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A taste of Hanoi’s Tet dinner table

If you are fortunate enough to be invited to a Tet dinner in Vietnam, don’t pass it up, for you will be truly well fed



Mâm Cỗ

Tet means a lot of different things: getting your house in order for the New Year, your mother hassling you about marrying within the year, family reunion, dusting down your favorite ao dai, luck, temple visits, prosperity, flowers, red envelopes, spending time with the children, but perhaps one thing that matters more than anything else is stuffing your face with as much food as possible, after all the full name of the festival is Tet Nguyen Dan, which translates as “Feast of the First Morning of the First Day.” So let’s talk feasting!

Food is central to Vietnamese culture and is even more so during the biggest holiday of the day. On Lunar New Year’s Eve (dem 30) households across the country cook up a feast as offerings to place on their alters. This tradition is believed to invite the spirits of gods and ancestors to the home, who will bring blessings and fortunes with them. Once prayers have been made and the incense has burnt out, usually by lunch on New Year’s Day (mung 1), the dishes can be taken down to enjoy. While varying by region or even household, choices in Hanoi usually cater to its cold climate typical of this time of the year. Here are eight of the capital’s staples – a balance of starch, meat and greens following the “four dishes and four plates” principle rooted in the four seasons, directions and pillars of the house. 

Banh chung (square sticky cake)

A glossy green banh chung is the emblem of the Hanoi Tet meal. Legend says it was a royal creation dating back centuries and made with gratitude for the harvests from the land. Glutinous rice, fatty pork and mung bean are spread evenly then wrapped tightly into squares in a phrynium leaf, giving the cake a natural dye. These days you can easily find a vegetarian version without the meat. Cooking banh chung with a wood fire can take up to half a day, so families in the city no longer treasure the tradition of making it from scratch anymore, but those who still do treat it as a time to gather with loved ones. This delicacy can also be enjoyed crispy fried, usually right before it goes bad.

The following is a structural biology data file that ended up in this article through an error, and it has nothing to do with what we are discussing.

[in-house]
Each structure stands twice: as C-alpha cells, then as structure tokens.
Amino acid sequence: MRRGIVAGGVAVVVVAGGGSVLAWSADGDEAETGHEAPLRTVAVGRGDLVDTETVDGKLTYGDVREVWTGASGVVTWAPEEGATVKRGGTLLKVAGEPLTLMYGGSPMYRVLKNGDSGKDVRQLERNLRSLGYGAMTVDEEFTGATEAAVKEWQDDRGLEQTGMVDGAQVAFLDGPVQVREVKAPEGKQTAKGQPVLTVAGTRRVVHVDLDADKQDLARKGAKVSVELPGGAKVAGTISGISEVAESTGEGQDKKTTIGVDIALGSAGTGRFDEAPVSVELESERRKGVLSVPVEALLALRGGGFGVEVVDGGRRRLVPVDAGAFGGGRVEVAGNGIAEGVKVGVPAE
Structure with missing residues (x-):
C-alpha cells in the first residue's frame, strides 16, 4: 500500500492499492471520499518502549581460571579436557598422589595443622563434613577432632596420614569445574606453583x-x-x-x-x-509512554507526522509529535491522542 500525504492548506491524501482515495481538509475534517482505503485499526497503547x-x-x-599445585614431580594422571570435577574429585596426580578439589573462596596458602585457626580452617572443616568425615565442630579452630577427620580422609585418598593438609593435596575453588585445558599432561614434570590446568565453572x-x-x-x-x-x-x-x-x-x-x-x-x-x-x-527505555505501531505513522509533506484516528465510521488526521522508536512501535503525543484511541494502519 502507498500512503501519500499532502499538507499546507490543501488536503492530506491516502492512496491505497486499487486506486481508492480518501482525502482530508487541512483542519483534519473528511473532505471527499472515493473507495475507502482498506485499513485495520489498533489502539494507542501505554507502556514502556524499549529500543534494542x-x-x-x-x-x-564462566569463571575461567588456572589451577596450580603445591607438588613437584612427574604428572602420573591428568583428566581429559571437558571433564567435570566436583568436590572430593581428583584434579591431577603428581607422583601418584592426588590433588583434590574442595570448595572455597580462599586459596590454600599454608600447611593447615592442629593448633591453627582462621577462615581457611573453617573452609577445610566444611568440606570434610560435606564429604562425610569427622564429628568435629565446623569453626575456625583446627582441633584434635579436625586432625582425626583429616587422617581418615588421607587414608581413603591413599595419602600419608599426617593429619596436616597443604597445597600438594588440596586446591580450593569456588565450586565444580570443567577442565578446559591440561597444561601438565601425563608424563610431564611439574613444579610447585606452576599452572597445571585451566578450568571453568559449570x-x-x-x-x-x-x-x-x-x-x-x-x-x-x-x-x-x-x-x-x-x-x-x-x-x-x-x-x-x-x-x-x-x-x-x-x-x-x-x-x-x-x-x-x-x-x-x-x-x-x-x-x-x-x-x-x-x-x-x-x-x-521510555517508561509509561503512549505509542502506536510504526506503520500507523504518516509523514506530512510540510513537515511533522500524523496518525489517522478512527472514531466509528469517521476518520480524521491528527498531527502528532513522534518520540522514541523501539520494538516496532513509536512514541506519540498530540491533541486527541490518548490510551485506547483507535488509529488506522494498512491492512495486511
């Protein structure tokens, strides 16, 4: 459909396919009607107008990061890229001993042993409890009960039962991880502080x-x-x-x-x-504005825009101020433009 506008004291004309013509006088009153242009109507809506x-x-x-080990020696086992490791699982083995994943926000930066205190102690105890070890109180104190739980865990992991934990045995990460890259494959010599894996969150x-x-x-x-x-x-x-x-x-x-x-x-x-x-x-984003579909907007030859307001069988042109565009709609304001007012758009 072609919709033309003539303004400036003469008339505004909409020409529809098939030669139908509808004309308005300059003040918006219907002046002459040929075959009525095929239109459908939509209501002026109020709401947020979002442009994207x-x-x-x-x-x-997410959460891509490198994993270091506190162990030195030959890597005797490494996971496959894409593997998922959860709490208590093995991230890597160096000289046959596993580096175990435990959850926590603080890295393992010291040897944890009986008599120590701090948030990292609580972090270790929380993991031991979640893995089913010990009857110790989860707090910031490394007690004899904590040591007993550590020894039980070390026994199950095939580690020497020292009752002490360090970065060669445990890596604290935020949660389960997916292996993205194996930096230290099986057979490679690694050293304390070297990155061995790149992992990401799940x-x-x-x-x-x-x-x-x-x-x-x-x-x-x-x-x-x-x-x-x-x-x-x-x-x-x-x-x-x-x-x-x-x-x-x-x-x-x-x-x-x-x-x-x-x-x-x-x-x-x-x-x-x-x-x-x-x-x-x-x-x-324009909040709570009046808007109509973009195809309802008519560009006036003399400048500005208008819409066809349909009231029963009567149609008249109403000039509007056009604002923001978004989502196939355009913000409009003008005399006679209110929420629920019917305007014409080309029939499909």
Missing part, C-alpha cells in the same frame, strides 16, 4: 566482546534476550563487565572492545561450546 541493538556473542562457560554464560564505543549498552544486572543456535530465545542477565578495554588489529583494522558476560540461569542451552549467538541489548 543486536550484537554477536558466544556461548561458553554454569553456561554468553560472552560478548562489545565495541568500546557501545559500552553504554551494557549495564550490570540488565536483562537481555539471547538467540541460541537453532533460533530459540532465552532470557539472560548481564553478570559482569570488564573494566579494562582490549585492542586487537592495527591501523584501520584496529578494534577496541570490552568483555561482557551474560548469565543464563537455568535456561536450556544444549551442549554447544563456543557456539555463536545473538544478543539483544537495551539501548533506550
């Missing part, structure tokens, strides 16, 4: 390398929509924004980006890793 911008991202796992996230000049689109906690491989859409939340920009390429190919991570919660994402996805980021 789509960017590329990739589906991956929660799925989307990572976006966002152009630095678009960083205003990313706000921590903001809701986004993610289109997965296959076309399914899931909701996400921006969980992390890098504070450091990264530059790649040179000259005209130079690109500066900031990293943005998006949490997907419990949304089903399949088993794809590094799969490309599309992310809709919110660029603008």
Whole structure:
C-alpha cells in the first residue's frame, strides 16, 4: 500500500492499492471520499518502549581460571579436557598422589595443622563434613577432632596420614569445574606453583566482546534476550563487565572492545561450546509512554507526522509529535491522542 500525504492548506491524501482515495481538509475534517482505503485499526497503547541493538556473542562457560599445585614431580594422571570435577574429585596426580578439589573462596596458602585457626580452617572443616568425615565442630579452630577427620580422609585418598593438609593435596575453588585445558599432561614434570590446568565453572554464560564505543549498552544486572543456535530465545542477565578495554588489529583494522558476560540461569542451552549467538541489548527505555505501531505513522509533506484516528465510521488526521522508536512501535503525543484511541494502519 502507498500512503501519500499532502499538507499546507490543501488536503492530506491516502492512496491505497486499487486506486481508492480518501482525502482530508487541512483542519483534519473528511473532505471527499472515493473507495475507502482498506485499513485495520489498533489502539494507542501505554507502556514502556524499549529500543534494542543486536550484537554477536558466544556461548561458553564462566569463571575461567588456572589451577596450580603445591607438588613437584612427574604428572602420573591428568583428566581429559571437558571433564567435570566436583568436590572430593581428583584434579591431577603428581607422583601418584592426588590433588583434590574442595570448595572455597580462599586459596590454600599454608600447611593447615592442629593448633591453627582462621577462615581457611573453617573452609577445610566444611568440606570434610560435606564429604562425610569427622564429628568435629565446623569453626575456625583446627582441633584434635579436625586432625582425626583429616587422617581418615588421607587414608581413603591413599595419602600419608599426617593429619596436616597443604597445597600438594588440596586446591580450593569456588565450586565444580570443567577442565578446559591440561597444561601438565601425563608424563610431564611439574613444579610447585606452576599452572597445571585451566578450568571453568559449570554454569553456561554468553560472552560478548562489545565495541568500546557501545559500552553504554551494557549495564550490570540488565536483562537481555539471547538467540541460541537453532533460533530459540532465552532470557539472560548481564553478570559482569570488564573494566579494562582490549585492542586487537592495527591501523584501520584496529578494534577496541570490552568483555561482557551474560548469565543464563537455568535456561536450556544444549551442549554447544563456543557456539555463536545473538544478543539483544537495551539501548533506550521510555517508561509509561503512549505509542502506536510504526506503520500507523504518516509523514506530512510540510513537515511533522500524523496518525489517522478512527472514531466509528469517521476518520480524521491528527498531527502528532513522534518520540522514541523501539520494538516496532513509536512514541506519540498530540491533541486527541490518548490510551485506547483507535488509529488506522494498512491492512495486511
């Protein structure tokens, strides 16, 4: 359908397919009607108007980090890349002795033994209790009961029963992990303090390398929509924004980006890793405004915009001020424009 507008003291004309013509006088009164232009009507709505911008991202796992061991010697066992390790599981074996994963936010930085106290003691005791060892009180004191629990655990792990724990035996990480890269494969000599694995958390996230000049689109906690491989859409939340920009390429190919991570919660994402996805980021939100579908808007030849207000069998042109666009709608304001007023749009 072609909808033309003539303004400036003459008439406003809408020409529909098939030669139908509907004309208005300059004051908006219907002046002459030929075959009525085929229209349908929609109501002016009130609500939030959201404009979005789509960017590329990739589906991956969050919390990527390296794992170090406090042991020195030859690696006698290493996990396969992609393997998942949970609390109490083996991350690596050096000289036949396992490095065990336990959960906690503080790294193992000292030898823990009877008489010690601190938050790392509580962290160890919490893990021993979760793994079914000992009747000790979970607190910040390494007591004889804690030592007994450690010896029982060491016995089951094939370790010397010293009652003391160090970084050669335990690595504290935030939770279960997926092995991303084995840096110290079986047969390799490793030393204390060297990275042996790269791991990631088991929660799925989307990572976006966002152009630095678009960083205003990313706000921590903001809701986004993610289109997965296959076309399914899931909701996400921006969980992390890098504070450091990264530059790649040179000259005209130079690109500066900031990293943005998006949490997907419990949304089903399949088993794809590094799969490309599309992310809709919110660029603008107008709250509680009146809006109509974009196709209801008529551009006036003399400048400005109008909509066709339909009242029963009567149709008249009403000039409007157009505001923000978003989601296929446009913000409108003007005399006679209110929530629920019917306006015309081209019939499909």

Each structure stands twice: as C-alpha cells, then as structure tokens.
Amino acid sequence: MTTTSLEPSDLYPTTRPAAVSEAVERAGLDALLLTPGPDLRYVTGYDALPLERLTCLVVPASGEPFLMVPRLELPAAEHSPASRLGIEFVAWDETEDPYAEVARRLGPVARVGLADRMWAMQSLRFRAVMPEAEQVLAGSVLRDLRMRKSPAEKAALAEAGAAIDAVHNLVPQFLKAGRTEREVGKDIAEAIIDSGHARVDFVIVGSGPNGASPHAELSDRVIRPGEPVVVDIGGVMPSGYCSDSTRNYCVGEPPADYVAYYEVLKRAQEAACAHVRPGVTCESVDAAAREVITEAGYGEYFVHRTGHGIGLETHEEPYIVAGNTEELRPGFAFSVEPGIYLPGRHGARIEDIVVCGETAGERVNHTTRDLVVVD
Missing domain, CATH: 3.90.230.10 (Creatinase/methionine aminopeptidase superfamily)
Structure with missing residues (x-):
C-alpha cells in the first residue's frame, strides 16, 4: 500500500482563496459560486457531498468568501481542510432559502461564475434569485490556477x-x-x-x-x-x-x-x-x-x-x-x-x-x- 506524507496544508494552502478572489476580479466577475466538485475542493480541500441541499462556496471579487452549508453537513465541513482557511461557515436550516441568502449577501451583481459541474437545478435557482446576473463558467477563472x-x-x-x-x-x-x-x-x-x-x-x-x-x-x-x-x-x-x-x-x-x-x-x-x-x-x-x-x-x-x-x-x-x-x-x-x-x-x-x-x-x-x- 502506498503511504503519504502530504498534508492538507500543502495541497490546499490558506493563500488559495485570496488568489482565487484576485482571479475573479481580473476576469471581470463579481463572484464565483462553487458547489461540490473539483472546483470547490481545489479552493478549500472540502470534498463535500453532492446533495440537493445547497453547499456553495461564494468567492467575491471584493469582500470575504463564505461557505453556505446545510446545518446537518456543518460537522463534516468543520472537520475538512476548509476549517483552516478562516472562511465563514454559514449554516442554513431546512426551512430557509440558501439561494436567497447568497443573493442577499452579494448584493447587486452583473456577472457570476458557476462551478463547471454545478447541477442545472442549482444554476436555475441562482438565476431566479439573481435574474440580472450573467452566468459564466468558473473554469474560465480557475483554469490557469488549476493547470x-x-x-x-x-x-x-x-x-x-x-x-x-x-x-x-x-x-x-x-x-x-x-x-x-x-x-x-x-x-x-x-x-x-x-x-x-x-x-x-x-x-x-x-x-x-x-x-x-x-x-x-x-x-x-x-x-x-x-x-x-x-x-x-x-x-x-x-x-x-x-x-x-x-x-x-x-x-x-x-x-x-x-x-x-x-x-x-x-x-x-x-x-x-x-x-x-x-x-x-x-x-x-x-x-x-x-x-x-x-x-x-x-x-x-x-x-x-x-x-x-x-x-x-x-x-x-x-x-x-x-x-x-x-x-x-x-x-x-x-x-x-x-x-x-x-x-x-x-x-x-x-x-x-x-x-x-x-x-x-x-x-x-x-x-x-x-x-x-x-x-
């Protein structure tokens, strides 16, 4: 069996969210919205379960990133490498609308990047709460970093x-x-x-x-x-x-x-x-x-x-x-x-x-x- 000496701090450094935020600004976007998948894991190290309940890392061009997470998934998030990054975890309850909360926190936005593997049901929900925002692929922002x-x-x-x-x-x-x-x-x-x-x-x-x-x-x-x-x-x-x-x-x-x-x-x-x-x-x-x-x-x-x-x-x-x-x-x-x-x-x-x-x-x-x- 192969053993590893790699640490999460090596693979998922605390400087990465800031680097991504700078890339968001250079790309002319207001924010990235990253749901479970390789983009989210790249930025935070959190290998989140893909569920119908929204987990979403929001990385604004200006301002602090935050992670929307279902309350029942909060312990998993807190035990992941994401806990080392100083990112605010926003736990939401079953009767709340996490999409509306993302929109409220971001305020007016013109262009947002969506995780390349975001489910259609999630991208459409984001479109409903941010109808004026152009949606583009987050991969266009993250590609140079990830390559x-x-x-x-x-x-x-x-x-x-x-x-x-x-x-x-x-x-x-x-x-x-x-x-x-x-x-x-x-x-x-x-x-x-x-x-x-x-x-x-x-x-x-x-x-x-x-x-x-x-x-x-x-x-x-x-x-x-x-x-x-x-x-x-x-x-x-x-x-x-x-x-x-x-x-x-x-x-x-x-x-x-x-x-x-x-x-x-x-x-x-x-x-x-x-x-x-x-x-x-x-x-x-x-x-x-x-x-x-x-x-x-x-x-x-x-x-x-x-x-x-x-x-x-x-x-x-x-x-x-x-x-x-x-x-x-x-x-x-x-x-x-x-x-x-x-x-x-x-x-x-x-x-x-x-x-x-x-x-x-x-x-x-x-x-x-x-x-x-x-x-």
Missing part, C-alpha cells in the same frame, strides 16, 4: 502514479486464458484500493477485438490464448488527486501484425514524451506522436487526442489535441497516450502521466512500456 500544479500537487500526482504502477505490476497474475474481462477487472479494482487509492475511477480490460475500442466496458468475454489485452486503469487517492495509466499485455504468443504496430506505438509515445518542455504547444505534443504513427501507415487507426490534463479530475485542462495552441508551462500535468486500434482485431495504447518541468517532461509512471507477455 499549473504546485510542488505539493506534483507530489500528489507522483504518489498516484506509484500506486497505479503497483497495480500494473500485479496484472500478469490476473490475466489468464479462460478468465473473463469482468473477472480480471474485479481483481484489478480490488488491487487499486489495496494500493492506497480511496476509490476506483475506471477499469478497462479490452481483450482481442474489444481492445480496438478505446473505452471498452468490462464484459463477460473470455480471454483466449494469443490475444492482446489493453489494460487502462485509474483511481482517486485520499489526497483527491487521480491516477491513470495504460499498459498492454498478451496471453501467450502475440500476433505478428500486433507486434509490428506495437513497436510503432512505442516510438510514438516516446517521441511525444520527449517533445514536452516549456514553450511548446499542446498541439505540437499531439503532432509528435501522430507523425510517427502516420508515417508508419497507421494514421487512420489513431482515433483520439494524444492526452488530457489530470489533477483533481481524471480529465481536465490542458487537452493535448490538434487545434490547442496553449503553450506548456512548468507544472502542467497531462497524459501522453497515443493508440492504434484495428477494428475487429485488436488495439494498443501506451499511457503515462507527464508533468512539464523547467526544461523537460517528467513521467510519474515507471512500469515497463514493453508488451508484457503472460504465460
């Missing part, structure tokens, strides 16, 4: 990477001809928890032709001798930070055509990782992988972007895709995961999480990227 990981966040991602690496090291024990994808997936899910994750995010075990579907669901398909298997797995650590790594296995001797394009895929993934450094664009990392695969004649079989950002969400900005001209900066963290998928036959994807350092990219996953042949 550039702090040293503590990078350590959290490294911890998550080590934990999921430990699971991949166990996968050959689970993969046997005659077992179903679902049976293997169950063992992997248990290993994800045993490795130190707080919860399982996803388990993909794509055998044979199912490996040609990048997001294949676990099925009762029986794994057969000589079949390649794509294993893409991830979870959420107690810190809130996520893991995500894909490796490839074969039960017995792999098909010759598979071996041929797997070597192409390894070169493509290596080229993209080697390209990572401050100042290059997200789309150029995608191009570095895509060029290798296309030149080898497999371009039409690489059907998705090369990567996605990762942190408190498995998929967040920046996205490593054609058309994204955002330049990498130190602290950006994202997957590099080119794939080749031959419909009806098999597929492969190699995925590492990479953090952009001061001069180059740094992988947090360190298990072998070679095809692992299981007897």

Square sticky rice and pickled onions

Dua hanh (pickled cabbage and onions)

To combat these glutinous meals that leave your stomach on edge and a bit stressed, don’t fear because dua hanh is here, the Hanoian solution to feeling stuffed. It’s delightfully sour, and that sourness is supposed to cleanse your palate and help with digestion. 

Ga luoc (boiled chicken)

There are many different ways to cook chicken, but for special occasions like Tet, boiling takes the crown. Simple and utterly delicious. Chicken in Hanoi tends to be very fresh indeed, as anyone woken up by a plucky fowl at 3.45 a.m. will know too damn well.

Native breeds are much preferred for their tender meat. Chicken is usually unseasoned but submerged in salt and ginger water. It should be boiled whole and until the skin is golden. The dish is then topped off with lime leaf strands and accompanied by an aromatic lime and salt dip. A seemingly simple recipe that creates wonders in the mouth. 

Boiled chicken

Xoi gac (red sticky rice)

Xoi gac is also made with colored sticky rice like banh chung but rocks a bright red from the gac fruit instead. While it can be eaten for breakfast on pretty much every other day, this xoi makes an exceptionally fitting dish for Tet since red symbolizes luck and fortune to the Vietnamese. There is a hint of pleasant sweetness to it.

Sticky rice and cold cuts

Gio cha (Vietnamese cold cuts) 

Gio cha is finely minced meat typically wrapped and steamed in banana leaf, and the type of meat used hails from land to sea. A ubiquitous choice for Tet is smooth-cut gio lua, consisting of lean pork, black pepper, fish sauce and other seasonings. You’ve probably come across a lot of it in banh mi. Gio cha is also believed to bring prosperity for the New Year. Oh, and it tastes pretty fantastic too.

Nem (fried spring rolls)

Making nem requires meticulous work. The standard filling in Hanoi is chopped pork, onions, carrots, mushrooms, wood ear, vermicelli and spring onion, whisked with egg. Spoonfuls of the mixture are then wrapped tight in rice paper and deep fried, calling for the name spring roll. The dish isn’t complete without a sweet and savory fish sauce-based dip. Ngon!

Fried spring rolls

Canh bong (pork rind soup) or canh mang (bamboo shoots soup)

These soups are equally popular and it’s really up to each household’s preferences to decide between them (or have both if you are feeling fancy). If you haven’t already heard, bong is more than a way U.S. teenagers get high on spring break, but in fact a superb dried pork rind, or pig skin, with an unmistakable chewy texture yet light flavor. And while canh bong is usually served with vegetables, broccoli being a firm favorite, in canh mang it is bamboo shoots that act as the source of fiber, and it often comes with wonderfully gelatinous and fatty pork trotters–because pig’s feet taste a whole lot better than they sound.

Pork rind soup

Nom (Vietnamese salad)

Like most salads, nom makes a great appetizer. Hanoians like to use sliced kohlrabi, carrot, cucumber, green papaya with herbs and crushed peanuts. Like dua hanh, nom being sweet and savory helps balance out strong flavors from meat dishes. Nom, Nom, Nom.

And there it is, a fantastic feast fit for a much storied and ancient capital. If you are lucky enough to be invited to a Hanoi Tet dinner this year, grab the opportunity and go, just remember your table manners and you will be set for a wonderful time, filled with gastronomic delights.


Chuc mung nam oi!

Words by Jennifer Nguyen.
Photos taken by Thanh Vu
Main image courtesy of afamily

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